Joe Posnanski ranks all 30 MLB ballparks

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So I’ve been to all 30 ballparks … and the thing that’s easy to forget is baseball has never had so many gorgeous ballparks. I grew up in the 1970s and early 1980s when ballparks were dumps. There were almost no exceptions.

This is the golden age.

Here is my ranking of all 30 ballparks:

No. 30: O.co Coliseum (Oakland A’s): Not good for football either.

No. 29: Tropicana Field (Tampa Bay Rays): Dark and depressing spot in the middle of sunny Florida.

No. 28: U.S. Cellular Field (Chicago White Sox): I want to like it more than I do.

No. 27: Rogers Centre (Toronto Blue Jays): Still fun to watch roof open and close. But Astroturf? In 2014?

No. 26 Turner Field (Atlanta Braves): Nice enough, but antiseptic. Anyway, the Braves are leaving.

No. 25: Great American Ball Park (Cincinnati Reds): Great Hall of Fame.

No. 24: Marlins Park (Miami Marlins): Points for being different, but too gaudy for my tastes.

No. 23 Chase Field (Arizona Diamondbacks): Swimming pool is most notable feature.

No. 22: Nationals Park (Washington Nationals): Wish it had more Washington character.

No. 21 Globe Life Park in Arlington (Texas Rangers): How many different names can one ballpark have?

No. 20: Yankee Stadium (New York Yankees): Hard to balance old and new; I don’t think they quite got it.

No. 19: Citi Field (New York Mets): Even a romantic like me was ready to lose Shea Stadium.

No. 18 Minute Maid Park (Houston Astros): Fan of Tal’s incline in center – an homage to old Crosley Field.

No. 17: Angel Stadium of Anaheim (Los Angeles Angels): You often find it at bottom of such lists, but I love everything about it. I’m instantly happy just walking in.

No. 16: Miller Park (Milwaukee Brewers): Excellent park but it doesn’t quite stand out in today’s competitive world of ballparks.

[ RELATED: A different opinion on ranking all 30 parks ]

No. 15 Citizens Bank Park (Philadelphia Phillies): Beautiful ballpark, lots of fun when Phillies were winning.

No. 14 Comerica Park (Detroit Tigers): Really grown on me through the years, thoroughly underrated.

No. 13: Busch Stadium (St. Louis Cardinals): Not overly thrilled with design but it instantly infused with Cardinals passion.

No. 12: Progressive Field (Cleveland Indians): Was a Top 10 ballpark in its heyday, and still is pretty fantastic … but small crowds can be depressing.

No. 11: Coors Field (Colorado Rockies): Beautiful and the baseball there is singular.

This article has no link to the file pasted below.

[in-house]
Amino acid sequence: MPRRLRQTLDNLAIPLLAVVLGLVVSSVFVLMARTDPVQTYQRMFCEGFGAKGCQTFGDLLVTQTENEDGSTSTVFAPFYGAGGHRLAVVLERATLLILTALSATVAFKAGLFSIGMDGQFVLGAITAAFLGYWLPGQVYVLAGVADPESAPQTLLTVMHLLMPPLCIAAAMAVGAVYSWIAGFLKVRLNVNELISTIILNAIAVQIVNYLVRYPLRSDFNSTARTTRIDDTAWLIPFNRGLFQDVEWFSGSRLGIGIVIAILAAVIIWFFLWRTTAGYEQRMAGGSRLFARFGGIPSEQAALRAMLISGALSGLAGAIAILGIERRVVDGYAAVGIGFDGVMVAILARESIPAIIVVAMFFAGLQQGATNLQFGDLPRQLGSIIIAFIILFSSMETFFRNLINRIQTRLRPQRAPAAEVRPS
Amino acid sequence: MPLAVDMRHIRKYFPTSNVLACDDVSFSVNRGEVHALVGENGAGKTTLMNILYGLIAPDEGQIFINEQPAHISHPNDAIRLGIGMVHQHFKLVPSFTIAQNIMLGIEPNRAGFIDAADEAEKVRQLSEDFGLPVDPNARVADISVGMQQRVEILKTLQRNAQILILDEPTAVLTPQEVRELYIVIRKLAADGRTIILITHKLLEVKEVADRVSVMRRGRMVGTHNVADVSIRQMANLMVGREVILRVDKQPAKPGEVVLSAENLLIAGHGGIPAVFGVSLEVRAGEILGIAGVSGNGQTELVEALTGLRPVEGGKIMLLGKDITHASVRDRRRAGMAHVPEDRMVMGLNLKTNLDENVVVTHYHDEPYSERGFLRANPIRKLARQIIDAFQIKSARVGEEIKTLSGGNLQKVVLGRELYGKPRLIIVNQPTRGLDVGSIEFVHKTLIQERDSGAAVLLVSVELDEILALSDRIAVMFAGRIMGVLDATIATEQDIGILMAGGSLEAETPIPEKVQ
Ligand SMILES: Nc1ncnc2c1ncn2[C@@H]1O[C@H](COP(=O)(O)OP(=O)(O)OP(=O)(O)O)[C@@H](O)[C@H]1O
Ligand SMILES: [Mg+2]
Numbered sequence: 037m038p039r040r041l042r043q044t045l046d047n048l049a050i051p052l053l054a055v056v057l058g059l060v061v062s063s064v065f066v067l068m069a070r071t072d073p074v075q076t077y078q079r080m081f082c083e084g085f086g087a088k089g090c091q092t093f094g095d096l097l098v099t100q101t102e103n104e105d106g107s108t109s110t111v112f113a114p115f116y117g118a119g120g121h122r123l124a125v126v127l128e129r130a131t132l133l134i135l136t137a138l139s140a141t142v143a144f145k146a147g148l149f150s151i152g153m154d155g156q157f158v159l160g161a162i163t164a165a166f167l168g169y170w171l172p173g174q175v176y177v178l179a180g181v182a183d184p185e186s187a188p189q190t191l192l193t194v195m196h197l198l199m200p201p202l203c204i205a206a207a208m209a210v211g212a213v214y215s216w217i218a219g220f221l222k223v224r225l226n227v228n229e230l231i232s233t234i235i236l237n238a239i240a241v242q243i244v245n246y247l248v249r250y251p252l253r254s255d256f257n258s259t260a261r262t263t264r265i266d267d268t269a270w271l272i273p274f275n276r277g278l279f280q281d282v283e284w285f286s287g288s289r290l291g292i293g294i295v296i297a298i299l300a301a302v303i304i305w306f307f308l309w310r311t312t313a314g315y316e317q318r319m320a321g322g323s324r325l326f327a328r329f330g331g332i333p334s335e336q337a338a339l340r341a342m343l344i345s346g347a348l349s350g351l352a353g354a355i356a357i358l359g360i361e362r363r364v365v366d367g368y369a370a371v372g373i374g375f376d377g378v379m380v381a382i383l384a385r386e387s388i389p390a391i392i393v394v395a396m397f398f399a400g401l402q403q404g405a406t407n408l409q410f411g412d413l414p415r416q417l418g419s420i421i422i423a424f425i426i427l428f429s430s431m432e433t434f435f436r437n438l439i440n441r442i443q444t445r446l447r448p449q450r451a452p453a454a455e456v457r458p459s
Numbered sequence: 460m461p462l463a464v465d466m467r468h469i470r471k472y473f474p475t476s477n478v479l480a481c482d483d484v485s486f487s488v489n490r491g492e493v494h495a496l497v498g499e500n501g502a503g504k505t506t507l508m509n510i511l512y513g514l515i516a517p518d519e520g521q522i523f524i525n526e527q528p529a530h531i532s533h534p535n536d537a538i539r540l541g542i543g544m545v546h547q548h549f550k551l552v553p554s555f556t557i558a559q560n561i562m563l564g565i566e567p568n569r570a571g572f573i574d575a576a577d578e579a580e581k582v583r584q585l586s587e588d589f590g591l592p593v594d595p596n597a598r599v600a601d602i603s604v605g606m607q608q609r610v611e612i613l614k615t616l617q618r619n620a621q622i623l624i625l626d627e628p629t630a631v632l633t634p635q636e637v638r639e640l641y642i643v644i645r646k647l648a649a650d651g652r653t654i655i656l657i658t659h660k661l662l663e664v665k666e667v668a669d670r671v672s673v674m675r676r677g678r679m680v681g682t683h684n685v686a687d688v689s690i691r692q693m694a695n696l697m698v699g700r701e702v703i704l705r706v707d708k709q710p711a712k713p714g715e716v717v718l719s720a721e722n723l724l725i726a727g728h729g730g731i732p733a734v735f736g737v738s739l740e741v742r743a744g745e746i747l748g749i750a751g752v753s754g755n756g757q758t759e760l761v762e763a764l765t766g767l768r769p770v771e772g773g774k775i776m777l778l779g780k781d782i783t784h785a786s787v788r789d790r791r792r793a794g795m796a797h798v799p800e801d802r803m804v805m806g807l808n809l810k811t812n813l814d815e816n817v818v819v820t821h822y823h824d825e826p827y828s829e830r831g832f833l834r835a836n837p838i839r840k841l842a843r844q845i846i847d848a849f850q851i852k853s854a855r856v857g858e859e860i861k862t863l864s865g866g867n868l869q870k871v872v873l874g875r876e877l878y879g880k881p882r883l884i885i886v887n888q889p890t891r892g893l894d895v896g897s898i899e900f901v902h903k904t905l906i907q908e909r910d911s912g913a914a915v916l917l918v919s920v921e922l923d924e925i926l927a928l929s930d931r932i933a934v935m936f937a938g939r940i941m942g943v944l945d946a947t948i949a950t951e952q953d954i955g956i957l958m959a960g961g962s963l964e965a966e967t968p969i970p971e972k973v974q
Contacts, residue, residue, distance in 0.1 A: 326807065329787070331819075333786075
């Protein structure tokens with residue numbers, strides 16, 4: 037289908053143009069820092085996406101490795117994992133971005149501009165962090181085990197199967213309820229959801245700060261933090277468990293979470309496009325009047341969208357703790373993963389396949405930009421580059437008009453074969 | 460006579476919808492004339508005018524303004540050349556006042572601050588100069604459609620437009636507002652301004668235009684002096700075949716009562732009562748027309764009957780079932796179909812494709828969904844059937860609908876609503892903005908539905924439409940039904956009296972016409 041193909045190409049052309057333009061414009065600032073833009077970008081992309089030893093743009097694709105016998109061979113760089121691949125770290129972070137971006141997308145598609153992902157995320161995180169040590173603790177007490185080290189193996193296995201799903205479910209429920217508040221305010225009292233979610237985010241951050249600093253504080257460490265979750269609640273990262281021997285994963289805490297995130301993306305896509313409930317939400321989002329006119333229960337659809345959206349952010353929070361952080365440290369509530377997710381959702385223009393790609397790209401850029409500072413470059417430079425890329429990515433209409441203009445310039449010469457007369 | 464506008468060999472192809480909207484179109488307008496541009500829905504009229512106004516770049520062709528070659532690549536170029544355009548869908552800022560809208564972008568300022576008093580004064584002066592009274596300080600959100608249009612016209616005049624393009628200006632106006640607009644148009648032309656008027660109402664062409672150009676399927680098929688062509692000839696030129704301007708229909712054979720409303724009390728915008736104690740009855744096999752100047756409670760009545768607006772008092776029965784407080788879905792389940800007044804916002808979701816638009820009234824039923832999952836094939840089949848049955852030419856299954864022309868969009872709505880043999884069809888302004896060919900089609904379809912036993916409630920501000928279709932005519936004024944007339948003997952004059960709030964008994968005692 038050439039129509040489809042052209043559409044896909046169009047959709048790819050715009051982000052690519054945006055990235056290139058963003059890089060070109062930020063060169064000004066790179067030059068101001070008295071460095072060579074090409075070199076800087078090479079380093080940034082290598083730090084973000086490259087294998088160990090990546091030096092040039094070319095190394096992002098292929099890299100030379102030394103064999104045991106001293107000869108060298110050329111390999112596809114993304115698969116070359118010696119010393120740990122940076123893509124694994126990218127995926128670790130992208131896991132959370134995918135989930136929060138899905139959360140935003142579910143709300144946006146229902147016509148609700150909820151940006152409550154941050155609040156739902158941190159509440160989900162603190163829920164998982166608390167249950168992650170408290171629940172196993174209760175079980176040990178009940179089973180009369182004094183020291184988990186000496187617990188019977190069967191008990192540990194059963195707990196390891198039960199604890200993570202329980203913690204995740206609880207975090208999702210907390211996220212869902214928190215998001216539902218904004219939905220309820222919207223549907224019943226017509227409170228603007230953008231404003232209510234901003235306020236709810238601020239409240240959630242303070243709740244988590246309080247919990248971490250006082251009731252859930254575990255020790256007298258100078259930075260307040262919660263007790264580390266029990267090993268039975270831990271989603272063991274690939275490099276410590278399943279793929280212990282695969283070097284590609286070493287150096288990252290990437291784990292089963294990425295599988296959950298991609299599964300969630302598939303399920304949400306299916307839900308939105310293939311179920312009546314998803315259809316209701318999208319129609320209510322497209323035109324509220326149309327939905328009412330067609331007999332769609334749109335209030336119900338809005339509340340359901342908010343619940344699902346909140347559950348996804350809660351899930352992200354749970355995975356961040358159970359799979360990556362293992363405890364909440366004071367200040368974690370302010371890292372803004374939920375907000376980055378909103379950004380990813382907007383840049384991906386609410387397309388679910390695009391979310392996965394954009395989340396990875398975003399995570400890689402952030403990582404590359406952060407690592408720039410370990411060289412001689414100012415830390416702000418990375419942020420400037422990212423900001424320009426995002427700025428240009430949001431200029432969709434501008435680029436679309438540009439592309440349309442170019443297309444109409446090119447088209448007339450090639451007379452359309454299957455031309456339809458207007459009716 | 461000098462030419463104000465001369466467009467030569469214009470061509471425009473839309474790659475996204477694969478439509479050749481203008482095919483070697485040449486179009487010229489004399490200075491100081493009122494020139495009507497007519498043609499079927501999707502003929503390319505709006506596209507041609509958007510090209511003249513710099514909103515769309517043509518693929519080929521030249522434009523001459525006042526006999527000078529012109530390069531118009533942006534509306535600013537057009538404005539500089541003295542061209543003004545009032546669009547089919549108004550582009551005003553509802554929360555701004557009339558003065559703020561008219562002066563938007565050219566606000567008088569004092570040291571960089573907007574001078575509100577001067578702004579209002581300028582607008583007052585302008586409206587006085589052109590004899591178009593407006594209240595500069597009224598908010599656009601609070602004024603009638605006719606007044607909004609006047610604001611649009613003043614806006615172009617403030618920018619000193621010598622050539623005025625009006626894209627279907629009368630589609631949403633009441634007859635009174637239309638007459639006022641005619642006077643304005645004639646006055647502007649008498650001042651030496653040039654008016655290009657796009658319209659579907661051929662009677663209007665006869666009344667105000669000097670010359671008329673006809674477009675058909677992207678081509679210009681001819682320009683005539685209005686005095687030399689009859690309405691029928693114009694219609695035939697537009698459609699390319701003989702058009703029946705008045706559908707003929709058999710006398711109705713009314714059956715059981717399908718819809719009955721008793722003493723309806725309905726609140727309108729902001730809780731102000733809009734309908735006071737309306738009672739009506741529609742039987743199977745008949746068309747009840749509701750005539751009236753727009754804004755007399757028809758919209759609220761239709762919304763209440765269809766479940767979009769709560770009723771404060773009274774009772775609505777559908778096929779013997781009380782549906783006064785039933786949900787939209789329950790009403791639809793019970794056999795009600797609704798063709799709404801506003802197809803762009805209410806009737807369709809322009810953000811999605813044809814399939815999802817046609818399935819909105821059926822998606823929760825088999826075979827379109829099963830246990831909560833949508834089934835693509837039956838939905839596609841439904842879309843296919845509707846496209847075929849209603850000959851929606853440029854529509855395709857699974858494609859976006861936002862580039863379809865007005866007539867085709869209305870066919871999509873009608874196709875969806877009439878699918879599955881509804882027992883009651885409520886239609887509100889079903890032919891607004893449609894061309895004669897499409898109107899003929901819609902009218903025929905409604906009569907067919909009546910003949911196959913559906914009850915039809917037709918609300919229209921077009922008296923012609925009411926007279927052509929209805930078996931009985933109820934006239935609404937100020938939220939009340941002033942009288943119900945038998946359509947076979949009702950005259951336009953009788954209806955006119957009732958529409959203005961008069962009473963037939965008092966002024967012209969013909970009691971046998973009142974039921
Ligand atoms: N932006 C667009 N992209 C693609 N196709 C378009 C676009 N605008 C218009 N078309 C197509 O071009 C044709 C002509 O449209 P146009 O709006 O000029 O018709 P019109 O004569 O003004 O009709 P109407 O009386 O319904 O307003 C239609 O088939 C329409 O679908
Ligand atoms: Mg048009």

No. 10 Kauffman Stadium (Kansas City Royals): A wonderful place to watch baseball and has been since it was built in 1973.

No. 9: Target Field (Minnesota Twins): Love the way it fits snugly into the Minnesota downtown.

No. 8: Petco Park (San Diego Padres): Gorgeous ballpark in San Diego – how could it miss?

No. 7: Dodger Stadium (Los Angeles Dodgers): Showing some age, but still spectacular.

No. 6: Safeco Field (Seattle Mariners): If the Mariners start winning, this scene could be like San Francisco.

No. 5 Oriole Park at Camden Yards (Baltimore Orioles): Just a wonderful little ballpark in a wonderful baseball city.

No. 4 Fenway Park (Boston Red Sox): Inconvenient, crumbling, lousy sightlines and magical.

No. 3 PNC Park (Pittsburgh Pirates): So fantastic, I’m surprised every single time I go.

No, 2 AT&T Park (San Francisco Giants): Like PNC Park with a bay and a full house every night.

No. 1 Wrigley Field (Chicago Cubs): Of course.

[ MORE: FIND OUT WHY WRIGLEY FIELD IS NO. 1]

Blake Snell becomes client of Boras Corporation

Blake Snell
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Ken Rosenthal and Josh Tolentino of The Athletic report that Rays starter Blake Snell has switched agencies, going from Apex Baseball to Boras Corporation. Snell is currently signed to a five-year, $50 million contract and will be under contract through 2023.

Snell found himself in hot water two weeks ago when he said on his Twitch stream that he wouldn’t risk his life to play baseball during a pandemic while receiving significantly reduced pay. Some described Snell as tone deaf for saying, “I gotta get my money. I’m not playing unless I get mine, okay?”

Boras represents many of baseball’s highest-paid players, including Gerrit Cole and Bryce Harper. Snell is not likely to win over any of the people he recently irritated by appearing to go after more money by hiring the highest-profile agent. What often goes unsaid is that players have a very limited window in which to use their elite athletic skills to make money.

Snell won the 2018 AL Cy Young Award, going 21-5 with a 1.89 ERA and a 221/64 K/BB ratio over 180 2/3 innings. He did not have nearly the same success last year, going 6-8 with a 4.29 ERA and a 147/40 K/BB ratio in 107 innings.